Five days after the storm, snow remains in shady spots, like this swamp in the Altamaha floodplain.
South Georgia Snowstorm, 2018
Banks Lake is a natural blackwater lake characterized by shallow water and cypress trees. Located just east of Lakeland, it was owned for much of the 2oth century by the family of Governor Ed Rivers.
Joshua Lee operated a grist mill here in the mid-1800s. When he dammed the Carolina bay on his property, the lake was created.
Unsubstantiated sources suggest that Governor Ed Rivers’ family attempted to develop the area in the 1920s and that his estate threatened to drain and log the lake in the 1970s, but regardless, the property was purchased by the Nature Conservancy in 1980, assuring its preservation. In 1985, the Conservancy sold the lake to the U. S. Fish & Wildlife Service, who redesignated it Banks Lake National Wildlife Refuge.
With around 20,000 visitors per year, Banks Lake National Wildlife Refuge is one of the least crowded parks in the system. It almost feels like a roadside park because, effectively, it is. There are docks and a short boardwalk and an outfitter on site. A gentleman I met on the dock told me that fishermen tie strips of cloth to trees to find their way around. It’s apparently quite thick with cypress.
Banks Lake is part of the Grand Bay-Banks Lake ecosystem, the second largest freshwater wetland in Georgia, after the Okefenokee Swamp.
The refuge, managed by the Okefenokee National Wildlife Refuge, does not have on-site staff. Fishing is allowed, for those with valid licenses.
For information on this natural wonder of Georgia, please visit the refuge website.
Perhaps due to to its lyrical name, the Ichawaynochaway is one of the best known waterways of Southwest Georgia. (Locals often shorten the name to Nochaway). But it’s also one of the longest “creeks” in the state, cutting its way through nearly 84 miles of red Georgia clay. It rises near Weston, in Webster County and flows through Stewart, Randolph, Terrell, and Calhoun counties before joining the Flint River in Baker County. Perhaps dry runs in the summer months are the reason it isn’t called a river, but when viewed at high water in wet seasons it’s as much a river as any other in the region.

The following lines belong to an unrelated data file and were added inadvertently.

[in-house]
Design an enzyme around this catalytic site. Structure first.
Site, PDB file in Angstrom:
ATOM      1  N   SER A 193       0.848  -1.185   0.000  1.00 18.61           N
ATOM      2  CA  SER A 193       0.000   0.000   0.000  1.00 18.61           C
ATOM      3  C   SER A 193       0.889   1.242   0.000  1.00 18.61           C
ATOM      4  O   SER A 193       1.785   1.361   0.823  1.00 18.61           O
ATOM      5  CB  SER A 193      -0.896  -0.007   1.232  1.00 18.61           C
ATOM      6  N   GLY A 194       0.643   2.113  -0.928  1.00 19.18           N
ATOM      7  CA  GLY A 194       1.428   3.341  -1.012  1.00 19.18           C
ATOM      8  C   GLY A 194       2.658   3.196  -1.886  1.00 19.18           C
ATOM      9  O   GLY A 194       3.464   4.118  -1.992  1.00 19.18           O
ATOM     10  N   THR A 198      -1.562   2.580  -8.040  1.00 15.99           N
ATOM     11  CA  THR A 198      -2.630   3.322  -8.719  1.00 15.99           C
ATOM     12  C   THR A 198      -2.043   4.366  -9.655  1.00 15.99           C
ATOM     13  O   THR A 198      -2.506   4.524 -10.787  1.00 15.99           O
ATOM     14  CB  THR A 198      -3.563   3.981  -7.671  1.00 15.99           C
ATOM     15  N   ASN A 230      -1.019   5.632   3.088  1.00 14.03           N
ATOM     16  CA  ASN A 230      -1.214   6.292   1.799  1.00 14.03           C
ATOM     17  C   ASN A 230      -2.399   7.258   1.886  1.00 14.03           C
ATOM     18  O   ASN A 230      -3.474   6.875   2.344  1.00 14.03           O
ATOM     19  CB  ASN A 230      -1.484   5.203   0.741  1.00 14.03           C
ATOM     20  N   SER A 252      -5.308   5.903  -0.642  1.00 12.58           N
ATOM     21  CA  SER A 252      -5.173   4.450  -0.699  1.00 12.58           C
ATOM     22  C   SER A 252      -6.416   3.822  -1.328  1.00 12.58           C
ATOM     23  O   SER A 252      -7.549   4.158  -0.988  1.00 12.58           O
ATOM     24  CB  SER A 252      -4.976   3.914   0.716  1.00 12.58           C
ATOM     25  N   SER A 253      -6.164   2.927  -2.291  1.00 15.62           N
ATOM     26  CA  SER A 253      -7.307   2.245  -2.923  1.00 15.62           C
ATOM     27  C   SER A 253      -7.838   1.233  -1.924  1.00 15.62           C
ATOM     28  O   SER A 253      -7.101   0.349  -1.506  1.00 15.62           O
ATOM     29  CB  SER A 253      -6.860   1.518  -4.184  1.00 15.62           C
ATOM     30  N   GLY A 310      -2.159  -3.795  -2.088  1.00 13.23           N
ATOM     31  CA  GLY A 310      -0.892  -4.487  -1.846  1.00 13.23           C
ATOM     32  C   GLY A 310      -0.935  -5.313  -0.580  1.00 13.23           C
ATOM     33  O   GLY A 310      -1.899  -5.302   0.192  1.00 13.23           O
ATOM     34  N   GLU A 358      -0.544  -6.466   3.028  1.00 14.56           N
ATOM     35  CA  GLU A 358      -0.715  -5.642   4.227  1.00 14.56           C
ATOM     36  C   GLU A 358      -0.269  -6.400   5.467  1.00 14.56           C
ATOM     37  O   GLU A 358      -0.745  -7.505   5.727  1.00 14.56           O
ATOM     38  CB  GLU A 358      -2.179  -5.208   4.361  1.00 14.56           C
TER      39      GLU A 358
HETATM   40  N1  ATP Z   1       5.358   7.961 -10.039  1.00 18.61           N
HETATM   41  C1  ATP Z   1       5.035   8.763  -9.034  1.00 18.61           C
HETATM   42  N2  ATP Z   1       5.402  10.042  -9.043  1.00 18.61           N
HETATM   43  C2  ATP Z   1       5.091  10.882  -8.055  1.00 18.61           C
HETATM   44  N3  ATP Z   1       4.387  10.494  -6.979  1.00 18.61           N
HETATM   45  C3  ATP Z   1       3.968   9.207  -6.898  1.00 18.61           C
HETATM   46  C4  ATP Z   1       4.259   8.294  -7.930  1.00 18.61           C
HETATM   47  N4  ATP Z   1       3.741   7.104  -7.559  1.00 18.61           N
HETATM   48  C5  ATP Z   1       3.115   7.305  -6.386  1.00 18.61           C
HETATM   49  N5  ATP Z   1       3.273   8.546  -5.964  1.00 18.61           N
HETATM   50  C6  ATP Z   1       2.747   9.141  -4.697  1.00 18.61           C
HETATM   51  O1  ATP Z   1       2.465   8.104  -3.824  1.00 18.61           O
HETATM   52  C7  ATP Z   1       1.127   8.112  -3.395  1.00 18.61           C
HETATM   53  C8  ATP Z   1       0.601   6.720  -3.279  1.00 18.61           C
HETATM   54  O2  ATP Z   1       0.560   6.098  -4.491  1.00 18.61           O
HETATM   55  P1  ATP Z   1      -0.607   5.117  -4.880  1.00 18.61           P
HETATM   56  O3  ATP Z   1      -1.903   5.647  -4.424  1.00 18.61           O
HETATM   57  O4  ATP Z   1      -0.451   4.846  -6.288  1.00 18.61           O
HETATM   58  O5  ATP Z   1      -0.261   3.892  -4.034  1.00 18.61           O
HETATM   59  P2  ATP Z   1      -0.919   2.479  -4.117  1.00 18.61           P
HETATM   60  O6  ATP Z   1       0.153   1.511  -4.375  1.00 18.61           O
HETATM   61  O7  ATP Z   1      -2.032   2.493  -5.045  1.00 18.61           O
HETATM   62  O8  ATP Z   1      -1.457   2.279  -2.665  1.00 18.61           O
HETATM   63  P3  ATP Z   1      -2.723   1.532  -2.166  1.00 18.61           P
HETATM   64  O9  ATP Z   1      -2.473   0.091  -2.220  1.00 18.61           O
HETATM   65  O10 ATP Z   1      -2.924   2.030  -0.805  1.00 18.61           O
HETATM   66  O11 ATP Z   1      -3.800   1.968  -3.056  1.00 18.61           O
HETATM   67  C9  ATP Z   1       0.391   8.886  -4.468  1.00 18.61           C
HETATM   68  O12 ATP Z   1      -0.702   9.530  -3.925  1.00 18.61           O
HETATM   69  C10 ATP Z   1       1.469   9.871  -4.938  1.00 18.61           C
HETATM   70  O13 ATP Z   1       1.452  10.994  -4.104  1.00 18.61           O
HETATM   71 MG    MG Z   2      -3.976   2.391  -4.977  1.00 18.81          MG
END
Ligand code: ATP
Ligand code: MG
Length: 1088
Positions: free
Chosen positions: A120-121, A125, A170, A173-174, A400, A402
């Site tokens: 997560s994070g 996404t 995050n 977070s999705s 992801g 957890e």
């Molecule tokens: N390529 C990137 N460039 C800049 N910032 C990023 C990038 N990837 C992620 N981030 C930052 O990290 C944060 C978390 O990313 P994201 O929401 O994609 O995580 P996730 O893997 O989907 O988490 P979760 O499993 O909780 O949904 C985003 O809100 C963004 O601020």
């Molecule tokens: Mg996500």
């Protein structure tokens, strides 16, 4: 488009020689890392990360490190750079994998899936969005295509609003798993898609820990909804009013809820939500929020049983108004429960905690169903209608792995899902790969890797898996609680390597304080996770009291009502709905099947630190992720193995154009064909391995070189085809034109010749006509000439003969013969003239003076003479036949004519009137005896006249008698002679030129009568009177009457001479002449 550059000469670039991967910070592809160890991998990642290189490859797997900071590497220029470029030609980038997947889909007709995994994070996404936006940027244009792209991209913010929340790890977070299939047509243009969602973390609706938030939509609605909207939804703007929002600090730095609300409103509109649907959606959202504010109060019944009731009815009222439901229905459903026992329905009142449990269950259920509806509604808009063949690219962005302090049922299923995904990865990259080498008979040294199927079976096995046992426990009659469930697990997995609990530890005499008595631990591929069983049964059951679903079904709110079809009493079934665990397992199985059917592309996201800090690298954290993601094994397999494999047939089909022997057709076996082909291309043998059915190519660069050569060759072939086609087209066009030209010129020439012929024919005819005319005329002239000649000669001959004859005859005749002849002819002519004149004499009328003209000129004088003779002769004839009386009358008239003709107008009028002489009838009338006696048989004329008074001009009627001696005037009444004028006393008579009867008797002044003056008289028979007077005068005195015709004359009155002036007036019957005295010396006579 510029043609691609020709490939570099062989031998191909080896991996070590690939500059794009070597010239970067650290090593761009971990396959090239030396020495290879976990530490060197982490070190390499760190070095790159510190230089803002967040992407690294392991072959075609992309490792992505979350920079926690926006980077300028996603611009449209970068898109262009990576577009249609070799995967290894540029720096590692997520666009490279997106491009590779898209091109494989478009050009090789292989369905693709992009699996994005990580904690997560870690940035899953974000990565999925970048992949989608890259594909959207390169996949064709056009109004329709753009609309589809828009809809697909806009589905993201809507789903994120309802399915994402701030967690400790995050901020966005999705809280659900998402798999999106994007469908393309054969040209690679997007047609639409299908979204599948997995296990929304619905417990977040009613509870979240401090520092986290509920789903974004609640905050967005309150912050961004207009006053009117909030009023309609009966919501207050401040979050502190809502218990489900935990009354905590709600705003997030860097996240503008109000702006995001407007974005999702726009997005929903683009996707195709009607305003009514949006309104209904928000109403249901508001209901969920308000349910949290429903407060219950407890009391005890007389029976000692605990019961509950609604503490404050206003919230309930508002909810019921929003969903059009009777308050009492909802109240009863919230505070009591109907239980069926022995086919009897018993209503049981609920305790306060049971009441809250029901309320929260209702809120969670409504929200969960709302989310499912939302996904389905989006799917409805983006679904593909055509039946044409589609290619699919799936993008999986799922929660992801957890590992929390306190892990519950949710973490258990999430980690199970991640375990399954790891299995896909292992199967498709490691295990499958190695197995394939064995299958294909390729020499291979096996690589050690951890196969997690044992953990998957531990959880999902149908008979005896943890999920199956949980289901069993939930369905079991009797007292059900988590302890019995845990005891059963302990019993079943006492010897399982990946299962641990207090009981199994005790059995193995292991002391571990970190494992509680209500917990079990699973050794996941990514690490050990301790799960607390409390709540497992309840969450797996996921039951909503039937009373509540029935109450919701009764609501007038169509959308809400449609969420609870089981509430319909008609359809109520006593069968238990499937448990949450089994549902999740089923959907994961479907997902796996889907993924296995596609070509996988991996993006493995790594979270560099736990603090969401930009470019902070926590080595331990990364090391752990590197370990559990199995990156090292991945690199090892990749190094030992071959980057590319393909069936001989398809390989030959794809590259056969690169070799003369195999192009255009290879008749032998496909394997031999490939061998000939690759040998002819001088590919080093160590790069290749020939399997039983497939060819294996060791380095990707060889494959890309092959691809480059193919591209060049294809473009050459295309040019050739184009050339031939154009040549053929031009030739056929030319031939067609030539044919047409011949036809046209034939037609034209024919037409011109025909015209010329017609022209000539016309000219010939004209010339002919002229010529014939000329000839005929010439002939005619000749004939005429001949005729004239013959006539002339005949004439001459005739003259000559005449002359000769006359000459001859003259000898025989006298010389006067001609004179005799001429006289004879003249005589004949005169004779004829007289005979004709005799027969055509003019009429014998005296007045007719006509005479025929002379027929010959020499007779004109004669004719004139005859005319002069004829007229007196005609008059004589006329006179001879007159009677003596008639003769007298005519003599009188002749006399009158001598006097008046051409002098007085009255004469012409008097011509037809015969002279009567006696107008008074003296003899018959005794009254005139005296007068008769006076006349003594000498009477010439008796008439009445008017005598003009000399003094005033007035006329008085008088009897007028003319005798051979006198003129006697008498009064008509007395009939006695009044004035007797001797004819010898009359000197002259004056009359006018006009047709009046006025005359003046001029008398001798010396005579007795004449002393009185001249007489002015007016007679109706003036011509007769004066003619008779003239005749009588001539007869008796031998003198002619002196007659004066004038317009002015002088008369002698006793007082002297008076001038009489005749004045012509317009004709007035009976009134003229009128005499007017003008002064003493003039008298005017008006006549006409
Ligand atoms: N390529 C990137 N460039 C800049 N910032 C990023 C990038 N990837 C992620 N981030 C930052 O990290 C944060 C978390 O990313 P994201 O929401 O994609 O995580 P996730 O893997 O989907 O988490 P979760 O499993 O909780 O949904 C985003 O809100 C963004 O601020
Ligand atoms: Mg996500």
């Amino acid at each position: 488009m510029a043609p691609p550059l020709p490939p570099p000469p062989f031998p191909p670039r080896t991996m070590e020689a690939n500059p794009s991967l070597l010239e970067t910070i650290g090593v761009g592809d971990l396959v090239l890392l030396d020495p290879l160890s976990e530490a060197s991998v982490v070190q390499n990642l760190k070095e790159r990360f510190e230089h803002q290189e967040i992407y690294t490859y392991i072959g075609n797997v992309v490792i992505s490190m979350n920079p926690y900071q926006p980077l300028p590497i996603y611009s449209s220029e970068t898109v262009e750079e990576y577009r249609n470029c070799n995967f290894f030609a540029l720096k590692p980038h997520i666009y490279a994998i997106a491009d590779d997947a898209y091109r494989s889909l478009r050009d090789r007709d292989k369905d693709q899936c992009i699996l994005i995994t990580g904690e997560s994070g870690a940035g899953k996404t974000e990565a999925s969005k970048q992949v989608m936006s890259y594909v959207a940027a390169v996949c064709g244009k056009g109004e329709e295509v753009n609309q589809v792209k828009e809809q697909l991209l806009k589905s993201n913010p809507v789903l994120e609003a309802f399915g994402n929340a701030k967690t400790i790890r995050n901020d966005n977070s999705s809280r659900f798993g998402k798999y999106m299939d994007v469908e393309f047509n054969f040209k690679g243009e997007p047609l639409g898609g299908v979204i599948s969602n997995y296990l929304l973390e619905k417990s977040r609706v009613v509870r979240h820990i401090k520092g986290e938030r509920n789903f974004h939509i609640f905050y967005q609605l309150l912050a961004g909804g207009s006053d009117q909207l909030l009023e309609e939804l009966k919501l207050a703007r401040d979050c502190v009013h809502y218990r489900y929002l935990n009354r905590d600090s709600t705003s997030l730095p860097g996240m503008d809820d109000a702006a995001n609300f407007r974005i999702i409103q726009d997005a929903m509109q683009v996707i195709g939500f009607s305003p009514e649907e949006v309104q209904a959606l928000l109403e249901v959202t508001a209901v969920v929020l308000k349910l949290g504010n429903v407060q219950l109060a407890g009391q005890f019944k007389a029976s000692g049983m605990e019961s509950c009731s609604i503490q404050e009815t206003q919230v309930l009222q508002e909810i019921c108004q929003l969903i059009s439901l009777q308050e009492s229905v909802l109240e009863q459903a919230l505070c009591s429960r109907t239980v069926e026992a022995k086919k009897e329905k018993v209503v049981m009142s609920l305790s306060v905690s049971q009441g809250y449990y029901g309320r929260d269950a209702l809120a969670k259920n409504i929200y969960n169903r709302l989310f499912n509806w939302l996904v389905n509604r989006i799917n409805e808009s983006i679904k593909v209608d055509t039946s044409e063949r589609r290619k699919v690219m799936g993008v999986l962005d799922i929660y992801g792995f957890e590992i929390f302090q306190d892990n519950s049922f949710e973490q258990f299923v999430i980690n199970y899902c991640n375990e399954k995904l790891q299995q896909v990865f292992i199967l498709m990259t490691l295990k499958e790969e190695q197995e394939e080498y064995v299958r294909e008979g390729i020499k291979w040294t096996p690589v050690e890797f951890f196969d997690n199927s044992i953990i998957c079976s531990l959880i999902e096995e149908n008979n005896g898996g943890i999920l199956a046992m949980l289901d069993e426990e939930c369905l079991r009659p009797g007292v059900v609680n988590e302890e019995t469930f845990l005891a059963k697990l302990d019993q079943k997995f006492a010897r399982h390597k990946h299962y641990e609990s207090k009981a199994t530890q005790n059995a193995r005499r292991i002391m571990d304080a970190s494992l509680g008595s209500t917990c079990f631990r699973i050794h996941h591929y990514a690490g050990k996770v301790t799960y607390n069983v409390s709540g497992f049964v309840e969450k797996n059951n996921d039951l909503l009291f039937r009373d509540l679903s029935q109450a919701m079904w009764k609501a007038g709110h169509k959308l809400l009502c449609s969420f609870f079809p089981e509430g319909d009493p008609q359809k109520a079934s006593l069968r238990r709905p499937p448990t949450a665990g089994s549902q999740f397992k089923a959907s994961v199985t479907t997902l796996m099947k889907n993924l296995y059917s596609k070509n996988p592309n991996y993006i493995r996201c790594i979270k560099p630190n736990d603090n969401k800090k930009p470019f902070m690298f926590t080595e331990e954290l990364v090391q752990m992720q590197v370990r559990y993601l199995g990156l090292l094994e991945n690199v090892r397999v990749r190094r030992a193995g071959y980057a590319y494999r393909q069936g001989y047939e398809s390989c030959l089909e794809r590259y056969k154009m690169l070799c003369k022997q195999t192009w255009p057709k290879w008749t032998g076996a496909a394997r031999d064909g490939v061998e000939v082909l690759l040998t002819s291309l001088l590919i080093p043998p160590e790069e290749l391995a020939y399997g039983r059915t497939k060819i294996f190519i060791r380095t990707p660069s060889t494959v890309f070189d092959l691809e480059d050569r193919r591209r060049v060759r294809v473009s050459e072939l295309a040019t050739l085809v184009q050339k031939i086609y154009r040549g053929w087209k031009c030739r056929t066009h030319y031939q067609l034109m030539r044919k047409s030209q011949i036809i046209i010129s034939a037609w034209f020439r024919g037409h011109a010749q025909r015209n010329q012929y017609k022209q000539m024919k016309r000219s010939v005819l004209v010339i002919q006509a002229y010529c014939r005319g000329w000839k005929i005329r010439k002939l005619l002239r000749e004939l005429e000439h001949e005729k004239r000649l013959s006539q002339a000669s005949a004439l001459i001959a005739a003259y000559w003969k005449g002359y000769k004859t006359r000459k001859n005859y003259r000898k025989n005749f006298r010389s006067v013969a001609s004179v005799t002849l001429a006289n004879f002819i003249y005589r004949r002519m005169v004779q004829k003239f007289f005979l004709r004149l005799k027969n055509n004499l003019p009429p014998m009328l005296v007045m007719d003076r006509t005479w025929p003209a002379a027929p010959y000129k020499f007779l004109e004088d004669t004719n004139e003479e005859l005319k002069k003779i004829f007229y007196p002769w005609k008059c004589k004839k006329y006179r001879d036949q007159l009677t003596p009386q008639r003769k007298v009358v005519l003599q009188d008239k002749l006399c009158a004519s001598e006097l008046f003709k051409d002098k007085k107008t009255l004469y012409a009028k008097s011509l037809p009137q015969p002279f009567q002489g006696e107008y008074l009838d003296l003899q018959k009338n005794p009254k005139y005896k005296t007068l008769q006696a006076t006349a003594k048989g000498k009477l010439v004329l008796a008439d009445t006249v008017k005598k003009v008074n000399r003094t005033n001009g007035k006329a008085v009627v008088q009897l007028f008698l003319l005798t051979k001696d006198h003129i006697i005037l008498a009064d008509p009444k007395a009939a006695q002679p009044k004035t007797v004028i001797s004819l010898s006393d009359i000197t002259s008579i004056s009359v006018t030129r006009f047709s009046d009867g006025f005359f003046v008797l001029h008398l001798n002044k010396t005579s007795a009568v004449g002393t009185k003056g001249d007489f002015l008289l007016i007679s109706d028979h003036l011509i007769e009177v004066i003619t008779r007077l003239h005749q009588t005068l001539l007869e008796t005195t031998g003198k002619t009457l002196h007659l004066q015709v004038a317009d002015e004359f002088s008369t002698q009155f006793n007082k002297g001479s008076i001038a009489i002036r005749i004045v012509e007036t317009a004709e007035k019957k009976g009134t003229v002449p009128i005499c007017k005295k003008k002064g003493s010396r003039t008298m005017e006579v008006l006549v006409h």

There’s debate as to the origin of the name, but it’s a Muskogee word. Some suggest it refers to either beaver or deer but the more popular theory asserts that it means “the place where deer sleep”. The latter seems likely, considering it runs adjacent to some of the best hunting lands in Georgia.
The blackwater Seventeen Mile River can be hard to find, largely due to the fact that it’s considered an “ephemeral river”. This means that it’s dry as often as it’s wet, often more so. Much of it is located on private property, as well. The best place to see this natural wonder is at General Coffee State Park.
If you’re a fisherman, the best time to visit is after a good period of rain. As a navigable stream, the Seventeen Mile River is nearly impenetrable, but several open “lakes” provide good places to fish.
Gar Lake, seen here, is one of the easiest to access.
The park prides itself on being one of the best kept secrets in the state. Its protection has enabled rare plants with limited ranges like the Green-fly Orchid (Epidendrum magnoliae) and Narrow-leaf Barbara’s Buttons (Marshallia tenuifolia) to survive. Native and introduced ferns are abundant here, as well.
Macrothelypteris torresiana, known as Torres or Mariana Maiden Fern, is fairly common here. Though widely cultivated for its beauty, it’s a non-native and therefore considered invasive.
Woodwardia areolata, or Netted Chain Fern, is a widespread native and likely much more recognizable.
Evidence of the naval stores industry can be found scattered around the river, as seen in the “catface” scar on this pine.
Several long boardwalks provide easy access to the river and swamps and make for one of the most peaceful walks in South Georgia.
Many would just call this a swamp. I think of it as a piece of paradise.
Cypress is dominant here.
The knees are visible everywhere, especially in the dry beds interspersed throughout the landscape.